A new package of Covid-19 relief measures to support businesses and residents will be tabled to the legislative this month, Hong Kong’s No 2 official revealed on Sunday, as the city recorded 19 new coronavirus infections.
Chief Secretary Matthew Cheung Kin-chung said the government will seek Legislative Council approval for the next round of coronavirus relief measures for those directly affected by social-distancing measures, after HK$290 billion (US$37.2 billion) worth of help was provided previously.
Financial Secretary Paul Chan Mo-po also became the first official to set a milestone for the city to eliminate untraceable new infections, saying reaching that point would create the conditions for the economy’s revival.
The number of new daily infections has been slowly going up in recent days. The number of cases reported on Sunday was the highest in a week, pushing the city’s tally of infections to 4,957, with 100 related deaths.
There were just six new infections last Tuesday and Wednesday, but the number climbed back up to 12 on each of the following two days, rising to 13 on Saturday and then 19 on Sunday.
But the health authorities said the increase in new infections could just be due to the mass coronavirus screening scheme, under which 1.71 million people had been tested and which will end on Monday.
While the Centre for Health Protection declined to say when the third wave of outbreak might end, Professor Ivan Hung Fan-ngai from the University of Hong Kong’s medical school said it could take another four to six weeks before the city returned to zero new infections on a daily basis.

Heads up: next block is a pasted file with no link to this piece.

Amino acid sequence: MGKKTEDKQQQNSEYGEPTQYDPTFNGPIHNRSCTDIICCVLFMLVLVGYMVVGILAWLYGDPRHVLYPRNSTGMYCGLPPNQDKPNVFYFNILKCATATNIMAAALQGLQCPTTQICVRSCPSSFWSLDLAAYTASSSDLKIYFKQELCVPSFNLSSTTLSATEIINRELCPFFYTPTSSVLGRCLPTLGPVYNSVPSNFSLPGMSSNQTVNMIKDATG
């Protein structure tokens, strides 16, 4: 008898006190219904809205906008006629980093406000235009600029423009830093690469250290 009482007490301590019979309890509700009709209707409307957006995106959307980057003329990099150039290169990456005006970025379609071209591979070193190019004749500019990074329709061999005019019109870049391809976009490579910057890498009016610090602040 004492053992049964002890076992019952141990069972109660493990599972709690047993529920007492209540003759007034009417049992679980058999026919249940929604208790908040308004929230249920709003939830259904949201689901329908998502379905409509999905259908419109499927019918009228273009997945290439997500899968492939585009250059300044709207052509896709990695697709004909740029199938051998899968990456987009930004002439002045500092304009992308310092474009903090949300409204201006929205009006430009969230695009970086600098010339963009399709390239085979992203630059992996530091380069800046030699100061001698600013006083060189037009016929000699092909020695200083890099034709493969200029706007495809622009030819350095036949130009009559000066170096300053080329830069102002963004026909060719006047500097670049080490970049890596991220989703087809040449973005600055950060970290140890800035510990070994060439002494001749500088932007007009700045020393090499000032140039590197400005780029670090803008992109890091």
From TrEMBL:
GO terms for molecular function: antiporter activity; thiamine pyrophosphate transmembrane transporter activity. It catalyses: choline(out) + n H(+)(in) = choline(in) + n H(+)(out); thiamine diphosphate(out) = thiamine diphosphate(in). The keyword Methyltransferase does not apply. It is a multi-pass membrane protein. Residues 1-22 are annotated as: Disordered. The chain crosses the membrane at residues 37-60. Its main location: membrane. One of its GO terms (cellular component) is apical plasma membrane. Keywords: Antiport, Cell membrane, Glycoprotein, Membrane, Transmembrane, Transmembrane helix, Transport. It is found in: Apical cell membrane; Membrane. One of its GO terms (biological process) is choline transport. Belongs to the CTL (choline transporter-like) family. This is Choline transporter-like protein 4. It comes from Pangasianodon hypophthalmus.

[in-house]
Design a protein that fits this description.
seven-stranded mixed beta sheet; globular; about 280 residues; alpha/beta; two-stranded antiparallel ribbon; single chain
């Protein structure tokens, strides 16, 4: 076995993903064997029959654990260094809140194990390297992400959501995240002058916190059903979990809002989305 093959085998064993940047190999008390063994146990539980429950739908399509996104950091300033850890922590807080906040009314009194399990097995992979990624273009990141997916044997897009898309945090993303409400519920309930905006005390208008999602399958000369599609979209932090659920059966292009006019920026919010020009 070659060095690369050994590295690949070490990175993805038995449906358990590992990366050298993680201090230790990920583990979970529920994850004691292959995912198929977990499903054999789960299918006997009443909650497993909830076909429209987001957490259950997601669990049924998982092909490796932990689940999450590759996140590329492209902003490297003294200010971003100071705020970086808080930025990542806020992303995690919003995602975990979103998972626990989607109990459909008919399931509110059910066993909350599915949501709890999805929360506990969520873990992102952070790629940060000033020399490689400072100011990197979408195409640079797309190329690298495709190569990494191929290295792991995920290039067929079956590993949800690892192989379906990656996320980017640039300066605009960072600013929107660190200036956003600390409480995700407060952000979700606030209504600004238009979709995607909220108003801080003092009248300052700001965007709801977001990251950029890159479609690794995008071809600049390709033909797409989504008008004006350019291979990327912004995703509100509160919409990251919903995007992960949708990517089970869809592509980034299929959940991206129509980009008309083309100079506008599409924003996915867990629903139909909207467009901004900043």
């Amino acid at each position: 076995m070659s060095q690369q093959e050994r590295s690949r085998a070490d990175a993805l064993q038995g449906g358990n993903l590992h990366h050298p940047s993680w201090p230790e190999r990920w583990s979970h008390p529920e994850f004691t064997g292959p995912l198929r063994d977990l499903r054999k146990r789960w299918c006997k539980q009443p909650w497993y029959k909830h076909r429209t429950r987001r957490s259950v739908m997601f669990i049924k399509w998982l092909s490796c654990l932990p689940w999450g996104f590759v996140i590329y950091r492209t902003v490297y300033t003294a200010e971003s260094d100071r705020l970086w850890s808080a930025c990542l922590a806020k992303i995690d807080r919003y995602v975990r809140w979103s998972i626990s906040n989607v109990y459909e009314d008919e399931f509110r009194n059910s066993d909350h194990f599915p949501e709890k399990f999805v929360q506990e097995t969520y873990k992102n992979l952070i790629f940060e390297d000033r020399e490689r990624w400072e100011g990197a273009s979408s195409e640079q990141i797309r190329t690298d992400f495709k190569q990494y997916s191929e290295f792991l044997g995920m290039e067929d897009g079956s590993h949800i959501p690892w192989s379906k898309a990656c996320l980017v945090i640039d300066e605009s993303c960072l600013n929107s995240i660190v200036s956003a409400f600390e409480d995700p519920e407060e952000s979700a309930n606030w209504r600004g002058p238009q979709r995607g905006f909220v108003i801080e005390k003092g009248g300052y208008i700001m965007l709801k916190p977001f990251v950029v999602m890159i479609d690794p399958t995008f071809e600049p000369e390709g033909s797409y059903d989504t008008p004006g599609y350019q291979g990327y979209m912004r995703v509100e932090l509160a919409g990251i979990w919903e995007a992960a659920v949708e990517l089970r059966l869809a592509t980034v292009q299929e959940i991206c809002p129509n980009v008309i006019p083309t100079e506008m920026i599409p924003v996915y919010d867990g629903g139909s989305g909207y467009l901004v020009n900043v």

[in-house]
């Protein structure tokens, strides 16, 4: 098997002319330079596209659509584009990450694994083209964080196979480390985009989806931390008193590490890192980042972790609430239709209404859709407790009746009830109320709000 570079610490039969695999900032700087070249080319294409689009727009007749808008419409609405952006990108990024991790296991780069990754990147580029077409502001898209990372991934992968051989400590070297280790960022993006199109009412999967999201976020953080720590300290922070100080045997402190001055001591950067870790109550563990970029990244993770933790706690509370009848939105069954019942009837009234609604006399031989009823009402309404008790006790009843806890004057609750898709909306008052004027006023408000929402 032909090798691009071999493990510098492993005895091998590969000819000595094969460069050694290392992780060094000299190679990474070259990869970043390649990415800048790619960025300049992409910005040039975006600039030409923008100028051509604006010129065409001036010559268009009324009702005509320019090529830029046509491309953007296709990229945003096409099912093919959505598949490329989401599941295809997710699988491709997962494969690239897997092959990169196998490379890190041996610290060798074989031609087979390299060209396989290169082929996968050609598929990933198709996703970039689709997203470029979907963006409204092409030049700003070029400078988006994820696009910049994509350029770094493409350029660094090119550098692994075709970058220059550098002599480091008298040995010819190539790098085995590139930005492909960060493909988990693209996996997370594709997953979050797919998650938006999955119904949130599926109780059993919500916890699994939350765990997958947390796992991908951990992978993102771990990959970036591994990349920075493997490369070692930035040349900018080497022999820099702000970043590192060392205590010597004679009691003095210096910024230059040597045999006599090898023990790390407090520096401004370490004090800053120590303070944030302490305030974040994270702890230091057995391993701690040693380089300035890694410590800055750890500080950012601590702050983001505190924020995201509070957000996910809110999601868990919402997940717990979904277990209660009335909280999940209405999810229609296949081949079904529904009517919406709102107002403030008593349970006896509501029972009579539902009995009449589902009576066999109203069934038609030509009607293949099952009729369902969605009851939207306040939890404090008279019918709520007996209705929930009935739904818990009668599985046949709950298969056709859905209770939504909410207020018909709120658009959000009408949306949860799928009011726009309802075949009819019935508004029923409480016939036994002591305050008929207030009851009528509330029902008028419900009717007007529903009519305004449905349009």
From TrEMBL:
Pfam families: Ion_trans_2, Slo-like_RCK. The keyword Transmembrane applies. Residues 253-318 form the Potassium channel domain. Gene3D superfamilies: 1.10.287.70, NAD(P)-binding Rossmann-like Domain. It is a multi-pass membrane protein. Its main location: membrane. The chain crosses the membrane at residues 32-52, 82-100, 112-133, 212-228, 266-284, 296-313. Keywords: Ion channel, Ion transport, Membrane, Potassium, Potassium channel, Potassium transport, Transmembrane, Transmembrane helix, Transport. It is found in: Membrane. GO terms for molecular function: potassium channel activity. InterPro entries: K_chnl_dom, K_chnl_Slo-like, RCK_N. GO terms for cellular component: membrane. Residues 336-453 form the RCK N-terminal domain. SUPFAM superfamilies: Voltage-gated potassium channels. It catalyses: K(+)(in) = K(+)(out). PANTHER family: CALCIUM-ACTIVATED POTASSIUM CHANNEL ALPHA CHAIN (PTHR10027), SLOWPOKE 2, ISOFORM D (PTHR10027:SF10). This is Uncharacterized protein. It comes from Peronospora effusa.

He estimated there were still around 40 to 50 hidden coronavirus carriers in the community.
“As we have reached the end of the wave, it is likely many hidden carriers may have recovered on their own so the mass testing drive may not be able to find them,” he said.
As of Sunday, 26 coronavirus carriers had been identified through the voluntary programme. Hung said the results from the scheme were within the expected statistical range.
While the citywide exercise would have been even more successful if it had come during the peak of the third wave, Hung said, it had still been useful in finding hidden carriers of the virus.
Cheung, meanwhile, wrote in his Sunday blog that the government will seek approval from Legco’s Finance Committee for the next round of coronavirus relief measures.
“The fresh round of subsidies will focus on people who have been hard hit by the social-distancing measures,” he wrote.
The government had previously announced relief measures worth nearly HK$290 billion, including a HK$10,000 [US$1,300] cash handout to permanent residents, and wage subsidies to help prop up struggling businesses.
In a separate blog, the finance chief said Hong Kong was fighting to contain the coronavirus outbreak so there would be no more infections that were untraceable.
The eradication of infections with unknown sources offered the chance of establishing a health code allowing people to travel between mainland China and Hong Kong, stimulating both economies, Chan wrote.